By Chris Joseph
By Chris Joseph
By Allie Conti
By Chuck Strouse
By Chris Joseph
By Chris Joseph
By Allie Conti
By Kyle Swenson
That she, like Leandro, survived a brain tumor with the help of the venom is telling, says Dr. Alexis Diaz, an enthusiastic young Cuban scientist who's on Labiofam's small venom-research team. He says the medicine has produced results only on solid or organ cancers like those in the lungs, pancreas, brain, or stomach. It hasn't been found effective for liquid or blood-based cancers such as leukemia or lymphoma. Nor does the medicine always yield results like those that occurred with the two children. "Most patients seek the venom after everything else has failed," Diaz says. "These patients have very weak immune systems and the cancer has already metastasized, so it's hard to expect really surprising results every time."
But if the treatment is administered in the early stages of sickness, its impact is more profound, he believes. "We hope to help turn cancer from being a fatal disease into a chronic and manageable one, like diabetes."
Along these lines, Cuban doctors actively encourage using the venom as a complement to conventional methods. For example, after taking the venom for seven months, Leandro was strong enough for surgeons to create a permanent solution to his brain-fluid buildup. So his physicians, while maintaining his scorpion treatment, started him on radiation. This led to a further reduction in the tumor's size.
Dr. Luigi Di Lorenzi, director of the neuroscience department's rehabilitation unit at the Azienda Hospital G. Rummo in Benevento, Italy, tells a similar story. Unbeknownst to him, in 2010, one of his cancer patients began taking the venom-based formula. "My patient experienced an unexpected total pain relief with a good recovery of muscle strength, vital energy, and capacity to cope with daily activities such as eating," Di Lorenzi recalls.
Impressed, the specialist in rehabilitative medicine traveled to Cuba to investigate. "It is difficult to determine where reality ends and fantasy begins," he says, but "the common denominator seems to be a significant reduction of pain obtained in 100 percent of patients."
This, he stresses, should not be underestimated: "Pain therapy [is] crucial," he says, explaining how he described his experience for the Open Cancer Journal. "We do not aim to promote unproven therapies, [but] this venom certainly warrants further investigation," he wrote in a letter published last year.
Labiofam claims to have studied the effects of the venom on 10,000 patients, including 3,500 foreigners. But there is no public compilation of the methodology or results. No independent experts have conducted experiments, and none of Labiofam's work has been submitted for publication in peer-reviewed journals.
The medical world is therefore skeptical. "Rhopalurus junceus, or blue scorpion venom, originated from Cuba... is often marketed as having anti-cancer, anti-inflammatory, and analgesic properties," reads the Memorial Sloan-Kettering Cancer Center website. "The manufacturers' research cannot be corroborated. Continued research... is needed."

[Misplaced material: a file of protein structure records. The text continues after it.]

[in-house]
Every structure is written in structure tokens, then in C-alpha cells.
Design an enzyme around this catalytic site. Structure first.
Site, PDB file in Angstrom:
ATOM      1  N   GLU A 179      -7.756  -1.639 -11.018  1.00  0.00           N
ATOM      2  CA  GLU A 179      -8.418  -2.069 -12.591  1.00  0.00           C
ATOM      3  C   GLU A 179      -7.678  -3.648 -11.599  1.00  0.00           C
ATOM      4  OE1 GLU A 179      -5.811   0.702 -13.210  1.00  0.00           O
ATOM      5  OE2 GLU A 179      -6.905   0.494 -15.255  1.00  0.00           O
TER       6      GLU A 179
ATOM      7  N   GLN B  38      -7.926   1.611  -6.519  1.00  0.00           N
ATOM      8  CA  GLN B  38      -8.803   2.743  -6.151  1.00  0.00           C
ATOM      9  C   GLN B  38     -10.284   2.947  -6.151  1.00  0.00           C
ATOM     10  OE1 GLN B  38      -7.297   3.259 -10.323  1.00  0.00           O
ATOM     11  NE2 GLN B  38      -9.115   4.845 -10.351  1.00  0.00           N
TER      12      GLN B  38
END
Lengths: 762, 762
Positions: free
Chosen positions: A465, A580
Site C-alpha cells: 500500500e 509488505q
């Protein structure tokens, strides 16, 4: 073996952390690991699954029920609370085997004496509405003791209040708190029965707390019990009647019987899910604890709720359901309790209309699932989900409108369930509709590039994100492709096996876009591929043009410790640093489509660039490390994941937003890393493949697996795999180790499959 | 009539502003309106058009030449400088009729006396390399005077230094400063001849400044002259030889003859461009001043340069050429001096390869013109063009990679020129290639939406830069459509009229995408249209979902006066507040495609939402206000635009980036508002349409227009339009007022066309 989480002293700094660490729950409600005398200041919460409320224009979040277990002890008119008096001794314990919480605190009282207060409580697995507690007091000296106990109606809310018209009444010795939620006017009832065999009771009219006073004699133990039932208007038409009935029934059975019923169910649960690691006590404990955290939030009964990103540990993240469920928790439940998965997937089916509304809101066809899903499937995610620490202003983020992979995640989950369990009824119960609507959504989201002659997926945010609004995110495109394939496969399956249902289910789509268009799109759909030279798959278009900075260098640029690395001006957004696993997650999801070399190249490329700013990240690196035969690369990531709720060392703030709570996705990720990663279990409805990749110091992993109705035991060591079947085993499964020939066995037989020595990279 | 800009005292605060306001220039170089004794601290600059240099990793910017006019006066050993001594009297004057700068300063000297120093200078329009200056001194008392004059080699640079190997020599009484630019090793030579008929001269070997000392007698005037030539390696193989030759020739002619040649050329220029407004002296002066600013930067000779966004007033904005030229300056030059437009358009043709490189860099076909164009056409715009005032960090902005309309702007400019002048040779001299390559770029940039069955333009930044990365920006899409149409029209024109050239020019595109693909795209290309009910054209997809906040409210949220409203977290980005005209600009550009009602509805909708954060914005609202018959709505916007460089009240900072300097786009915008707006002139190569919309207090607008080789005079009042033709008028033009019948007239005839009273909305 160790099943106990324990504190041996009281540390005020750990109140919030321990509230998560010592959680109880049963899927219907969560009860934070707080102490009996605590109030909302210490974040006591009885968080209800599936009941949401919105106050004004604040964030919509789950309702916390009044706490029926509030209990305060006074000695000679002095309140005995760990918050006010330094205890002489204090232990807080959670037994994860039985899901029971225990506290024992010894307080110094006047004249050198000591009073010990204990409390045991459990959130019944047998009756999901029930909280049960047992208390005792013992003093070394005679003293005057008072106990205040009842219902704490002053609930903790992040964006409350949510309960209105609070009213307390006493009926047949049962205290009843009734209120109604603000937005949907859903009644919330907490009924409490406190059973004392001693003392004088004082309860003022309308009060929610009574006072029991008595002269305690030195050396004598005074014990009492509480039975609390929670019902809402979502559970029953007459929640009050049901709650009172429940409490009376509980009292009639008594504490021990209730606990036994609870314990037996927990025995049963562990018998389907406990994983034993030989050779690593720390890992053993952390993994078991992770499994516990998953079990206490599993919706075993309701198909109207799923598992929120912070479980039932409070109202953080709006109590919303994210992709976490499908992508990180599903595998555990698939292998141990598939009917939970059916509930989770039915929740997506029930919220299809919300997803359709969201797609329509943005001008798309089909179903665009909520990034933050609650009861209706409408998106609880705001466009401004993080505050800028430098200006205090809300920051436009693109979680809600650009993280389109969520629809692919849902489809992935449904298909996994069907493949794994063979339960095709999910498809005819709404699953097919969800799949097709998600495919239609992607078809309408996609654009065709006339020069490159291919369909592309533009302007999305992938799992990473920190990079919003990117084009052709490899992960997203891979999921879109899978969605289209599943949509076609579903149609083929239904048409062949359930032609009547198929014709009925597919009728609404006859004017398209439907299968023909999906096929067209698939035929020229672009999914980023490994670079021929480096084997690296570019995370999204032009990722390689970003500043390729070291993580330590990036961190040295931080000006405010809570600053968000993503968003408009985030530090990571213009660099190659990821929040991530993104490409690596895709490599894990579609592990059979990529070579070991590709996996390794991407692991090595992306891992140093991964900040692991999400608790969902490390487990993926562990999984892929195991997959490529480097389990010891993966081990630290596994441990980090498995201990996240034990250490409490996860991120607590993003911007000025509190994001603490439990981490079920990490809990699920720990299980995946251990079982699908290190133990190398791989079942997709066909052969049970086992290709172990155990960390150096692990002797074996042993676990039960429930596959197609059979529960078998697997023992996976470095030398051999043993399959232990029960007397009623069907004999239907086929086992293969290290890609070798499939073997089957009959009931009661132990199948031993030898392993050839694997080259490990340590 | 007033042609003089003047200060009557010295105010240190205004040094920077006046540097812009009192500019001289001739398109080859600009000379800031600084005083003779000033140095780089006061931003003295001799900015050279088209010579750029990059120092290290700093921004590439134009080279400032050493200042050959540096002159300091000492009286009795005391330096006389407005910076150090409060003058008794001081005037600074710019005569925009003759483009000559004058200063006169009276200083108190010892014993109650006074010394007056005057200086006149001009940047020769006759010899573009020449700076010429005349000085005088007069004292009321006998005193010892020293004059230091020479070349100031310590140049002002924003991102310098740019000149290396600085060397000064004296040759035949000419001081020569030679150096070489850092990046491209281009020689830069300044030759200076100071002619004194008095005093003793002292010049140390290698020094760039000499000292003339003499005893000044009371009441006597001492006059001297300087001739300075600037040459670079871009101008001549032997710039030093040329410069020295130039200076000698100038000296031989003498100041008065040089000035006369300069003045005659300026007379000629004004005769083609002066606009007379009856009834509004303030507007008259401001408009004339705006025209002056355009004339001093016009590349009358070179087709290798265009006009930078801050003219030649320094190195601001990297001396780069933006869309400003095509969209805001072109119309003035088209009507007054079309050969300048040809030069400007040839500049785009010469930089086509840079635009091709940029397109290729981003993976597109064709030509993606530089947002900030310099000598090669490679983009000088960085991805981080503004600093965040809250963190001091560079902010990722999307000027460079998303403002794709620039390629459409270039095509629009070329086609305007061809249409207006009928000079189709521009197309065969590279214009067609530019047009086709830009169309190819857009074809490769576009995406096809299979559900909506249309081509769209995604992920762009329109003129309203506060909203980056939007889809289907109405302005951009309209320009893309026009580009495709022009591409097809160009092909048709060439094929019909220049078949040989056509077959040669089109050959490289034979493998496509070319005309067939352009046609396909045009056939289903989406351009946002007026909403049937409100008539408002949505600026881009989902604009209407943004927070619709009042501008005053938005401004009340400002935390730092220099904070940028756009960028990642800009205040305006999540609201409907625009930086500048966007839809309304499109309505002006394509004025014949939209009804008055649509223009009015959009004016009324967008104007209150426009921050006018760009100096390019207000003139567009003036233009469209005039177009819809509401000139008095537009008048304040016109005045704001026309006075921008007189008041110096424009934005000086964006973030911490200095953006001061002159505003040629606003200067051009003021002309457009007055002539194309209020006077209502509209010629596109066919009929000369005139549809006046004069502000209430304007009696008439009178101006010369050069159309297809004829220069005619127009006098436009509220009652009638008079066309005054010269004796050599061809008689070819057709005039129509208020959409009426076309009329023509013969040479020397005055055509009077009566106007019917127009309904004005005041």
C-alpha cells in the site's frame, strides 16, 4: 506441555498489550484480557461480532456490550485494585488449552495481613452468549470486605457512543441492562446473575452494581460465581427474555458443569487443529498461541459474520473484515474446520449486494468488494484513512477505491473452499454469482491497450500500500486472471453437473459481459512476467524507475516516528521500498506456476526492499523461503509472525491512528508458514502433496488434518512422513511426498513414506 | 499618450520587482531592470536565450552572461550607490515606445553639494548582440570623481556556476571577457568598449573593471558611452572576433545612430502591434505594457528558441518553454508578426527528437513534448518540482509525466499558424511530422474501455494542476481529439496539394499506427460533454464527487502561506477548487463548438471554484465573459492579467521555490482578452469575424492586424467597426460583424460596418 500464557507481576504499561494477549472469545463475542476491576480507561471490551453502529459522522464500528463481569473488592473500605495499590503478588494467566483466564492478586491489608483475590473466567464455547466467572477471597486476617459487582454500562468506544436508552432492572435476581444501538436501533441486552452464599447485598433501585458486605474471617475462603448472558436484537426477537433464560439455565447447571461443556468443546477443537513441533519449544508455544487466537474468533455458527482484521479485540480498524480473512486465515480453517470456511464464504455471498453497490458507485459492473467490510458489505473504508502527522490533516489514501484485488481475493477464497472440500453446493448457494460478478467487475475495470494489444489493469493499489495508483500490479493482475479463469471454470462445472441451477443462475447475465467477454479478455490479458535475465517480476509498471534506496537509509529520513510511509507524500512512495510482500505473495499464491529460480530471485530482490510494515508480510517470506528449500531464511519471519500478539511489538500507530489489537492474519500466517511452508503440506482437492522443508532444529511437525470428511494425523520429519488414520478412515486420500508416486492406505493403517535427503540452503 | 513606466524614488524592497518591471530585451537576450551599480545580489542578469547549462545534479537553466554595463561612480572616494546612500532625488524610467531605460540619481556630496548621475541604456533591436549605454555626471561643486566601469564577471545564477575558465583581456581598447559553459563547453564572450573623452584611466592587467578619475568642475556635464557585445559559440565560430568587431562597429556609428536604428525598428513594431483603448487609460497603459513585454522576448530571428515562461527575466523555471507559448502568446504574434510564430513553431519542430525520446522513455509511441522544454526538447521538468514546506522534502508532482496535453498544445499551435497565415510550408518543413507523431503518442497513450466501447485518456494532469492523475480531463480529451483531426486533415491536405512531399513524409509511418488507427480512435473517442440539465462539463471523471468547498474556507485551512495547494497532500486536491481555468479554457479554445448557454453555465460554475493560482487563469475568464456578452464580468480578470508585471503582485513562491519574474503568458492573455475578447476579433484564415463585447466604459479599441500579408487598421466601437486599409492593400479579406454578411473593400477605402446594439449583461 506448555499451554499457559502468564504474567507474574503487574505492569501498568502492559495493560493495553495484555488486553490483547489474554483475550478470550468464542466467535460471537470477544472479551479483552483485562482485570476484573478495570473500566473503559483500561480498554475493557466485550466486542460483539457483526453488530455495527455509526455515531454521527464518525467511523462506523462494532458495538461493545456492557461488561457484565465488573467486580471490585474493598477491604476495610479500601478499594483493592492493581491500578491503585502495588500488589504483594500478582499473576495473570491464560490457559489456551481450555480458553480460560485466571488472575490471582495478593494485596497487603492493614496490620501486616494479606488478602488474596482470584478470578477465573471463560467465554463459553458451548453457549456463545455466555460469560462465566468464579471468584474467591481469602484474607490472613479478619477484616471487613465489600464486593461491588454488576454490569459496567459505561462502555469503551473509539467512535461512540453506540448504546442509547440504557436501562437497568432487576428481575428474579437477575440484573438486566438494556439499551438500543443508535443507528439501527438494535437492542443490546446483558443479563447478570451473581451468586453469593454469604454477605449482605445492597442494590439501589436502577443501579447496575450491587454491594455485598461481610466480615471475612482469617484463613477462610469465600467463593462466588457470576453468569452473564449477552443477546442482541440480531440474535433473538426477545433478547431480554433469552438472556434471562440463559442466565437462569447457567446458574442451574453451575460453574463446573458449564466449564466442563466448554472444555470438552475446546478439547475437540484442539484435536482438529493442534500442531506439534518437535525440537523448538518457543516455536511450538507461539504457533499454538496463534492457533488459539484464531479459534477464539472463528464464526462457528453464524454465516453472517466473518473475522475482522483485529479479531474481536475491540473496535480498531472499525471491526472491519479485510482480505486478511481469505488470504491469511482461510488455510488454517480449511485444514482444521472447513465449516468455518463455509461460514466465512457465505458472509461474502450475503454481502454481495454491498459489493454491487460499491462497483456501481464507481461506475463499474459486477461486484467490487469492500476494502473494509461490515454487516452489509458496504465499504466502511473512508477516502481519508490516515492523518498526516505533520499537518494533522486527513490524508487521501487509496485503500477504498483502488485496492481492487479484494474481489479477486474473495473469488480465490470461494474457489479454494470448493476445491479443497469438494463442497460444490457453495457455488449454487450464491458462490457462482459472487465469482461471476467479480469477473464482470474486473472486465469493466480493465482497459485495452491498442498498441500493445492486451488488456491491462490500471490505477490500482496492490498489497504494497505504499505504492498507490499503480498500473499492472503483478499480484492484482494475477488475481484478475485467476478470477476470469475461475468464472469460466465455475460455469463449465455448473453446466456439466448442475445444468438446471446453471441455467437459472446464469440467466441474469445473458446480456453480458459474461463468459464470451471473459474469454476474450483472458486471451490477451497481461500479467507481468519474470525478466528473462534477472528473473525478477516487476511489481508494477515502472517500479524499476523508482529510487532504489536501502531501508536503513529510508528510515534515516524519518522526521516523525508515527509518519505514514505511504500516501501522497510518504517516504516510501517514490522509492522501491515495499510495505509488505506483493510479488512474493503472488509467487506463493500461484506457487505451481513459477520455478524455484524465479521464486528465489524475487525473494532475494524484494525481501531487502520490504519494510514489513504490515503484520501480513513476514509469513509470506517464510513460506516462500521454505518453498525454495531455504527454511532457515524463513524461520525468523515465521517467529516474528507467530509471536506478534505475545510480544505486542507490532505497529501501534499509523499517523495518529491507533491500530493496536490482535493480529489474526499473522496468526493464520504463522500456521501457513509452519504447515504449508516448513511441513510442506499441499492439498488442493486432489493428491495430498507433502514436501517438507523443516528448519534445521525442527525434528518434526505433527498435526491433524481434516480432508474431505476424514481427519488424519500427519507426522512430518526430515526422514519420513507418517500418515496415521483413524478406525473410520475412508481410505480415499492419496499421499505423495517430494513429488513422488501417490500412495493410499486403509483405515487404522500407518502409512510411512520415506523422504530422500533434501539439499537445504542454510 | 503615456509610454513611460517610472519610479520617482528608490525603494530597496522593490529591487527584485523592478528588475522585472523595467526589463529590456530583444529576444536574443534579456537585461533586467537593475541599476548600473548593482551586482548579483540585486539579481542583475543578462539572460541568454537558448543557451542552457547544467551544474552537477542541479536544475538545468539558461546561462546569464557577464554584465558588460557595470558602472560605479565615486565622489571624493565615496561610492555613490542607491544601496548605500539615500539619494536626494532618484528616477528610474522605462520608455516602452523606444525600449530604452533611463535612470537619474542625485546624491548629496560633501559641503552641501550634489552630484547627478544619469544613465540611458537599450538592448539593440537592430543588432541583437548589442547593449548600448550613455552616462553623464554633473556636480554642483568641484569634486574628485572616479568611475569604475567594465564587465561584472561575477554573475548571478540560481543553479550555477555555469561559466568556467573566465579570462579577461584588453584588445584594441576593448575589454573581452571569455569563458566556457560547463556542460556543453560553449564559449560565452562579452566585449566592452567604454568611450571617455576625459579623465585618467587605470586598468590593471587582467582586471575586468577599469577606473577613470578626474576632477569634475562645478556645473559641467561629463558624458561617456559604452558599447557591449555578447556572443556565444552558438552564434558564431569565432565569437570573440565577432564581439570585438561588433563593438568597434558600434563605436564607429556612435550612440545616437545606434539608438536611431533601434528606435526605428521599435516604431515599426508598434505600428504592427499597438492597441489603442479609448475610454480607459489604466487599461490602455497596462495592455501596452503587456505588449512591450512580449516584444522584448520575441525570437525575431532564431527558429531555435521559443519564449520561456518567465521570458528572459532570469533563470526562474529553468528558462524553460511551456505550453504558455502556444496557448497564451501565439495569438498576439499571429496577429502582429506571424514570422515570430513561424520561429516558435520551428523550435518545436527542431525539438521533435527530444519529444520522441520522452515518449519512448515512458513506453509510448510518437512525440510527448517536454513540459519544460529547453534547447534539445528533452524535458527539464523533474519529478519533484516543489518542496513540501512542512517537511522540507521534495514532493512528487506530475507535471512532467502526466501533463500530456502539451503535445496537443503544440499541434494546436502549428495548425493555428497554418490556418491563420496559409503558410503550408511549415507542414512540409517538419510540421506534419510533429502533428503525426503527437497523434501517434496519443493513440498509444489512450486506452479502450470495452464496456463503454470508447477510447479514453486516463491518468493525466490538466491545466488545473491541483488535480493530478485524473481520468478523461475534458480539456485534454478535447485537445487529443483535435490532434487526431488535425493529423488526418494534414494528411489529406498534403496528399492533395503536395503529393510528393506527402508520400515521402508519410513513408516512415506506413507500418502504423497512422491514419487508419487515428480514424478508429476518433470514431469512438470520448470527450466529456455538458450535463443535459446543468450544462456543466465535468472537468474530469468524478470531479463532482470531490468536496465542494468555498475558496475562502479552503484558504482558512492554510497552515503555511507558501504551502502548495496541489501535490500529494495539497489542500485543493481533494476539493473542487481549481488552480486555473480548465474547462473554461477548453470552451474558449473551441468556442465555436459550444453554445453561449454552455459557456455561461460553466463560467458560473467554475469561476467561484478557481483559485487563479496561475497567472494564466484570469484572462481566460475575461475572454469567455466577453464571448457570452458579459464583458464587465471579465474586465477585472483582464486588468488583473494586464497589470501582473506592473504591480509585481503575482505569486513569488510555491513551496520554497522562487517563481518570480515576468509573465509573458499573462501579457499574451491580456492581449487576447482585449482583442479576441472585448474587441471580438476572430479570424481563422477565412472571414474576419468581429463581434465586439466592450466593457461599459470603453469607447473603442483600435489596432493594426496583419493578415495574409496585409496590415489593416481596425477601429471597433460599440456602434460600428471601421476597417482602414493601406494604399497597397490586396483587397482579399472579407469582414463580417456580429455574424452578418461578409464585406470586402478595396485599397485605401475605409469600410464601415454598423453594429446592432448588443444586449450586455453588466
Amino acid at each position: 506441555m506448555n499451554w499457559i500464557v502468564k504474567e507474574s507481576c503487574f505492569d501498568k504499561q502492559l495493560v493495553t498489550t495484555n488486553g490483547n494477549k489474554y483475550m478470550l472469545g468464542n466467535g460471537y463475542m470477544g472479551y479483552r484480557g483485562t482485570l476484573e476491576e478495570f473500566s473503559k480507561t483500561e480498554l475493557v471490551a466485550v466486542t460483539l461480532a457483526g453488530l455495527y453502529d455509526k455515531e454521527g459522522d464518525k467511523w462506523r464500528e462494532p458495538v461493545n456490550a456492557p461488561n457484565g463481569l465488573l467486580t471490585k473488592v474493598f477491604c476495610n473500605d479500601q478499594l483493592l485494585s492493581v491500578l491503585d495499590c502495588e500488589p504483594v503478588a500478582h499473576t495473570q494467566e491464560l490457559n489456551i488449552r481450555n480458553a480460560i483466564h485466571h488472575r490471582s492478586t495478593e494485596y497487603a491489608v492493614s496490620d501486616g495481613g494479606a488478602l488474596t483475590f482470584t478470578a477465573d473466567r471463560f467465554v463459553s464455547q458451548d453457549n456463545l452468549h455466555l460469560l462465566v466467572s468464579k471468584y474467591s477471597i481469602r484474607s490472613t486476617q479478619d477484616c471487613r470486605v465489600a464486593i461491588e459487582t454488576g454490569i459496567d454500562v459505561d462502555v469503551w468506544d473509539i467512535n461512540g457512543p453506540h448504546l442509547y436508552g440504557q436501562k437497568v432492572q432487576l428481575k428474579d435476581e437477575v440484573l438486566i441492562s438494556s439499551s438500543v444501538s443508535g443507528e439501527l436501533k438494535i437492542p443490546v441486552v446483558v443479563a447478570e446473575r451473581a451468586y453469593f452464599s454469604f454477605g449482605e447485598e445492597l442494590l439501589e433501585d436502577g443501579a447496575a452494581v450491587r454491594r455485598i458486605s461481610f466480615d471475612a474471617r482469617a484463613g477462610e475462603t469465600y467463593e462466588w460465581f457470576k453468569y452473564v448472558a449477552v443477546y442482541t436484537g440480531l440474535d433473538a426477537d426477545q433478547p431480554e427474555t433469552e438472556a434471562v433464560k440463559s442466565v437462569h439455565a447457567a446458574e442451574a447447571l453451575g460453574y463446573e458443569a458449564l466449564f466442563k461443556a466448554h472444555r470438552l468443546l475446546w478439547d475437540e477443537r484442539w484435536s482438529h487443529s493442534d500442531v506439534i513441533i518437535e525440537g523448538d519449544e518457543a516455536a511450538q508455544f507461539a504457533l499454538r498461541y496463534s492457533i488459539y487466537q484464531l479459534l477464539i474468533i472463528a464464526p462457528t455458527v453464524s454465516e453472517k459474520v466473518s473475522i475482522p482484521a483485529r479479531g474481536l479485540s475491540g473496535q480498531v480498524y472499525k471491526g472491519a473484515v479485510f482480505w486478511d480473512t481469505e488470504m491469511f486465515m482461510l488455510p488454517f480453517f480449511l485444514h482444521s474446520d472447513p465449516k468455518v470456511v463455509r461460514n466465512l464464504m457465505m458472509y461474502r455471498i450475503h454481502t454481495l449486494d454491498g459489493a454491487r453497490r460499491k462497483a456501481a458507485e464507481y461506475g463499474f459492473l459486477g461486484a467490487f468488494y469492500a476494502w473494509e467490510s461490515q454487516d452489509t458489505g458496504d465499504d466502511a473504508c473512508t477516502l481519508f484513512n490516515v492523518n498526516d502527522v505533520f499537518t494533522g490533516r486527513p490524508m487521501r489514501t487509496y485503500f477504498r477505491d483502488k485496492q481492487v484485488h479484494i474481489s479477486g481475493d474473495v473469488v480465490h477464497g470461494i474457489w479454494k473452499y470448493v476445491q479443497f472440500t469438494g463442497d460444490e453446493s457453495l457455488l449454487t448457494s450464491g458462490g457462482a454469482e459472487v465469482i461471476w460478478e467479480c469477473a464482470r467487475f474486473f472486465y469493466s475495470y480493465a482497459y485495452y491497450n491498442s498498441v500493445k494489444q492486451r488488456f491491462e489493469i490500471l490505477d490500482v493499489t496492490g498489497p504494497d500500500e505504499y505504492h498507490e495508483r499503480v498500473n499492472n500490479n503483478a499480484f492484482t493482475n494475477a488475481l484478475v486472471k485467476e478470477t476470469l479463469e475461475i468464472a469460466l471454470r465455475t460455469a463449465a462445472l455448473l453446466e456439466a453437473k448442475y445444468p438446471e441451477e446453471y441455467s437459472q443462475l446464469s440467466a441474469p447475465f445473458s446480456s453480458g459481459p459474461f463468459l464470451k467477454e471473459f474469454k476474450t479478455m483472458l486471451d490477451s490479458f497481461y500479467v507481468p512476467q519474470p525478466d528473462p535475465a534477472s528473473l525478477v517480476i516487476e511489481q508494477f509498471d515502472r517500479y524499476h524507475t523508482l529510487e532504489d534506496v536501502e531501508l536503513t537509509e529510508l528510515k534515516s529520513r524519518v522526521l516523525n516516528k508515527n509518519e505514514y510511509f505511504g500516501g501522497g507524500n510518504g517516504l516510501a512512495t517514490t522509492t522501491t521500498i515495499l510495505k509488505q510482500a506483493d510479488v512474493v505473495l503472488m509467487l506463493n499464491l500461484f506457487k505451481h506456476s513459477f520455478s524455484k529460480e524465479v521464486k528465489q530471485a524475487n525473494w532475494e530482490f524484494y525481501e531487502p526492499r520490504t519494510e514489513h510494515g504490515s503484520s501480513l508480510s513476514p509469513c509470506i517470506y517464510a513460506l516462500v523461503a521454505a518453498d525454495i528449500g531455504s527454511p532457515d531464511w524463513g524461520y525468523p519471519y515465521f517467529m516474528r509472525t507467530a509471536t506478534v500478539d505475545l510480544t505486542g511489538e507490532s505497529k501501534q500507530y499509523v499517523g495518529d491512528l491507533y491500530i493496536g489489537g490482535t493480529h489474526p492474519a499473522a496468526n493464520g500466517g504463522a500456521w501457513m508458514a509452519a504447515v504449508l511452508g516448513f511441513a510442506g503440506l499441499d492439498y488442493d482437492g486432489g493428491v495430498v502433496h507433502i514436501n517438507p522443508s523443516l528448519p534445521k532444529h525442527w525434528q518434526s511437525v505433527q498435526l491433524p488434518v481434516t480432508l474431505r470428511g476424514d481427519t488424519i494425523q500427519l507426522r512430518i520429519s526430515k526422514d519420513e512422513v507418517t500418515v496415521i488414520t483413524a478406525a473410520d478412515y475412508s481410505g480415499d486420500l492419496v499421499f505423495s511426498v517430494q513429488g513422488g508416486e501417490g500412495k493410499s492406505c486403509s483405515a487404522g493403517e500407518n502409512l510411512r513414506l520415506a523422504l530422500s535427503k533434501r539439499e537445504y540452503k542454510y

What is established is the product's safety. Labiofam says it conducted toxicity tests before it began distributing it, and a reputable laboratory at the Biotechnology Institute of Mexico's largest university, Universidad Nacional Autónoma de México (UNAM), recently confirmed the venom formula to be nontoxic to mammals. Indeed, among thousands of online accounts of success or failure with the venom treatment worldwide, not one notes harmful side effects.
The harmlessness of the medicine, though, is curious considering its origins.
José Perera and Juan González race up the brambly hillside. It's late, almost noon, and their work will be more difficult when the midday sun sends their tiny, evasive targets out of sight. Lanky, with taut bronzed skin and matching buzzcuts, the two men in their early 40s make their way through spiny brush toward a cluster of rocks. They hold metal pincers in one hand and opaque plastic containers in the other. The pair crouches in unison, carefully yet quickly pushing aside rocks. After a few moments, a small wriggling mass appears. As if sensing something ominous, the scorpion scurries frantically. But these men are professionals. With one motion, Perera steadies his pincers. He quickly grabs the scorpion's tail, thus rendering it as harmless as a grasshopper, and drops it into the container.
"I'm a scorpion hunter!" Perera says with gusto, stretching his back and surveying the rolling hills of Cuba's Santa Clara valley. The duo is one of a dozen or so teams that spend their days scouring rocks throughout the country in search of the misnamed scorpion, which is actually beige and mauve, not blue.
Back at González's nearby house, they add their catch to the dozens already inside a large metal barrel, covered by several rusty slabs. No living creature could possibly escape. "I've been stung 13 times in five years," Perera says. But neither he nor González is afraid. Though the sting of R. junceus hurts like hell and can cause temporary numbness, it's not deadly to humans. "People hate these animals," Perera reflects, genuinely confounded. "I say, 'Bring on the scorpions!' "
Indeed, the scorpion might be one of the animal kingdom's most misunderstood creatures. Of the more than 2,000 species worldwide, only 20 to 30 are dangerous to humans, and in those cases, mainly to small children. Scorpions sting only when threatened.
They've also been used for centuries in healing. "One noticeable example is the use of Mesobuthus martensii in Chinese traditional medicine," says Jan Ove Rein, a senior research librarian at the Norwegian University of Science & Technology and editor of the website the Scorpion Files, which lists more than 25 species with medical applications ranging from pain relief to treatment for seizures and paralysis.